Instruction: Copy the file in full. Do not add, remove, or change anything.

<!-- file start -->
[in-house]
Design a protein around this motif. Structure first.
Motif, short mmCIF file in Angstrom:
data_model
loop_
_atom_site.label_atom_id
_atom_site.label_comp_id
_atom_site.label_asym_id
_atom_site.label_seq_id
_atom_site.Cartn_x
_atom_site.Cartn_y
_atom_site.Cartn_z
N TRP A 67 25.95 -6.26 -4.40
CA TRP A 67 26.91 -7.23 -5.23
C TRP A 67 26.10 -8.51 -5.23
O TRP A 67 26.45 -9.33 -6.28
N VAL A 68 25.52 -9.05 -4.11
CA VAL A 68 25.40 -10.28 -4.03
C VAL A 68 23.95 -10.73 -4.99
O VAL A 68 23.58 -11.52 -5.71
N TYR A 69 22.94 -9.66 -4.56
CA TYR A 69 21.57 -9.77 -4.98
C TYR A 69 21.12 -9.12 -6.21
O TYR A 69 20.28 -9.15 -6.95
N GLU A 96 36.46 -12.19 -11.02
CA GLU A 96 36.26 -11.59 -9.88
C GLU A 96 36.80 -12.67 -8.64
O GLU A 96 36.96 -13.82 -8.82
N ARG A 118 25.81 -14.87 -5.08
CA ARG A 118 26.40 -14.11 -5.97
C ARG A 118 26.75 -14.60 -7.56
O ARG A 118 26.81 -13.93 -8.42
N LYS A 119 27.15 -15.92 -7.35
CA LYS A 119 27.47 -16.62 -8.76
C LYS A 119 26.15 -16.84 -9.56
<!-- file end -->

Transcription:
[in-house]
Design a protein around this motif. Structure first.
Motif, short mmCIF file in Angstrom:
data_model
loop_
_atom_site.label_atom_id
_atom_site.label_comp_id
_atom_site.label_asym_id
_atom_site.label_seq_id
_atom_site.Cartn_x
_atom_site.Cartn_y
_atom_site.Cartn_z
N TRP A 67 25.95 -6.26 -4.40
CA TRP A 67 26.91 -7.23 -5.23
C TRP A 67 26.10 -8.51 -5.23
O TRP A 67 26.45 -9.33 -6.28
N VAL A 68 25.52 -9.05 -4.11
CA VAL A 68 25.40 -10.28 -4.03
C VAL A 68 23.95 -10.73 -4.99
O VAL A 68 23.58 -11.52 -5.71
N TYR A 69 22.94 -9.66 -4.56
CA TYR A 69 21.57 -9.77 -4.98
C TYR A 69 21.12 -9.12 -6.21
O TYR A 69 20.28 -9.15 -6.95
N GLU A 96 36.46 -12.19 -11.02
CA GLU A 96 36.26 -11.59 -9.88
C GLU A 96 36.80 -12.67 -8.64
O GLU A 96 36.96 -13.82 -8.82
N ARG A 118 25.81 -14.87 -5.08
CA ARG A 118 26.40 -14.11 -5.97
C ARG A 118 26.75 -14.60 -7.56
O ARG A 118 26.81 -13.93 -8.42
N LYS A 119 27.15 -15.92 -7.35
CA LYS A 119 27.47 -16.62 -8.76
C LYS A 119 26.15 -16.84 -9.56